Microb Drug Resist. 2021 Mar 3. doi: 10.1089/mdr.2020.0312. Online ahead of print.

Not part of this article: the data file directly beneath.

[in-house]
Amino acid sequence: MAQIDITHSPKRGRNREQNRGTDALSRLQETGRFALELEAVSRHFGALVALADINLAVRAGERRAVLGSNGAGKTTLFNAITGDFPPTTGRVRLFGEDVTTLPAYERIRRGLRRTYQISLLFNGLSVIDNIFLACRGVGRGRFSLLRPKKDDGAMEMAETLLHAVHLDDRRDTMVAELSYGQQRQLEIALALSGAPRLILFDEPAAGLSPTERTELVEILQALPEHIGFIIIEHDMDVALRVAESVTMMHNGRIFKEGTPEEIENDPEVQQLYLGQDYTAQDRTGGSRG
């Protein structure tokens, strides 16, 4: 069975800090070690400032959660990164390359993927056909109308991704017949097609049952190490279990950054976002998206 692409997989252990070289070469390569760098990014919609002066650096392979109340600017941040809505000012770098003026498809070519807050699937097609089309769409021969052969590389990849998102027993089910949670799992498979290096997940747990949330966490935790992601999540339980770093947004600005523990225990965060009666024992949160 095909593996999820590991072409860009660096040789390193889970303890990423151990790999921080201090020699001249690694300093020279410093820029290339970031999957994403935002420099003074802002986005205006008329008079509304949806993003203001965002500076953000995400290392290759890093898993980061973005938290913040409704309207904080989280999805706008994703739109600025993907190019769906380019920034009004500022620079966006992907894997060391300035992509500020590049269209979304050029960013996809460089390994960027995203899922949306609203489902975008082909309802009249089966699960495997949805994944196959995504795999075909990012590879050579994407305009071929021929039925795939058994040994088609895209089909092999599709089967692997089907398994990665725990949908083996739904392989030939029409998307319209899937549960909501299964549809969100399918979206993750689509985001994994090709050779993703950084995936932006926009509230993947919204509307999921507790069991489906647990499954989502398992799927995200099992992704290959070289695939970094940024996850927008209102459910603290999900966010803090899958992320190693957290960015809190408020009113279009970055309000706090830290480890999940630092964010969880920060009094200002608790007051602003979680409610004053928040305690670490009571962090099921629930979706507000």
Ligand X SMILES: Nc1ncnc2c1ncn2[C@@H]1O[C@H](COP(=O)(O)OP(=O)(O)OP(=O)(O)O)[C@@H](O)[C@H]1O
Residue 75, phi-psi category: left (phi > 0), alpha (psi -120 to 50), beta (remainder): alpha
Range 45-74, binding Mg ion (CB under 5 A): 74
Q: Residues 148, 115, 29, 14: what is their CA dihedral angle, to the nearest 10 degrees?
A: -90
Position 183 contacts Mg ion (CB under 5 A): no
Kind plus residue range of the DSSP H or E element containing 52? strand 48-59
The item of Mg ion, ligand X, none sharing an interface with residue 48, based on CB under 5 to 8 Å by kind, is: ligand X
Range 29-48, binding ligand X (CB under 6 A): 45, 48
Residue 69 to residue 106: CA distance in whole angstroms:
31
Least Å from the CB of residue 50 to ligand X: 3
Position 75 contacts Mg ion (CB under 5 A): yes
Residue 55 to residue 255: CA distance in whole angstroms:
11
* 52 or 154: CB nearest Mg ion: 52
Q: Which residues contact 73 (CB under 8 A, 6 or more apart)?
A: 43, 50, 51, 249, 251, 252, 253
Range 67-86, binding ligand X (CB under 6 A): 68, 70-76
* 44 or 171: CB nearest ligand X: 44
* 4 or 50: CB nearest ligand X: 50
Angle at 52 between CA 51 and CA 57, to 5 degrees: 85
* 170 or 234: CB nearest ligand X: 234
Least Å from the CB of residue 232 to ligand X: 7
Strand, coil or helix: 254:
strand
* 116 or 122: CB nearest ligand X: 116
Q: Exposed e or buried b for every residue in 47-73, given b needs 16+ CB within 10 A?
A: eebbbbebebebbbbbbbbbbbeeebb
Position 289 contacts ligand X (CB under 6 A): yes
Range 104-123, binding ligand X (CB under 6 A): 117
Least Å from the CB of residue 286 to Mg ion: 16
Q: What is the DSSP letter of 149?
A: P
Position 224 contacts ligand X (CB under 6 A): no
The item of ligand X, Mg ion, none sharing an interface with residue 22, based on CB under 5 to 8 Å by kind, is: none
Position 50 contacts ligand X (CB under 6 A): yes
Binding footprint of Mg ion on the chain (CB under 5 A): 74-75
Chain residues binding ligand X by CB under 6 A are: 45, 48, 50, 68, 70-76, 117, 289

Colistin is an, antibiotic used to treat carbapenem-resistant Acinetobacter baumannii complex (CRABC) infection. However, colistin is well known for its nephrotoxicity. To accurately assess the effects of colistin on acute kidney injury (AKI) and 28-day mortality, we investigated the risk factors associated with AKI and mortality in patients with CRABC bacteremia who received or never received colistin. Patients with CRABC bacteremia aged ≥18 years were retrospectively identified for 3 years at five tertiary teaching hospitals. AKI was defined by using the Kidney Disease Improving Global Outcomes criteria. AKI developed in 103 (34.9%) of the 295 patients enrolled patients. AKI developed more frequently in patients who received colistin than in patients who did not (46.7% vs. 29.5%, p = 0.004). Multivariate analysis showed that intravenous colistin usage was an independent risk factor for AKI in these patients. Nonfatal disease, catheter-related bloodstream infection, and administration of colistin were protective factors for 28-day mortality. However, the sequential organ failure assessment score and AKI were associated with poor outcomes. In conclusion, colistin may be a double-edged sword; although it causes AKI, it also reduces 28-day mortality in patients with CRABC bacteremia. Therefore, colistin administration as an appropriate antibiotic may improve CRABC bacteremia prognosis, despite its nephrotoxicity.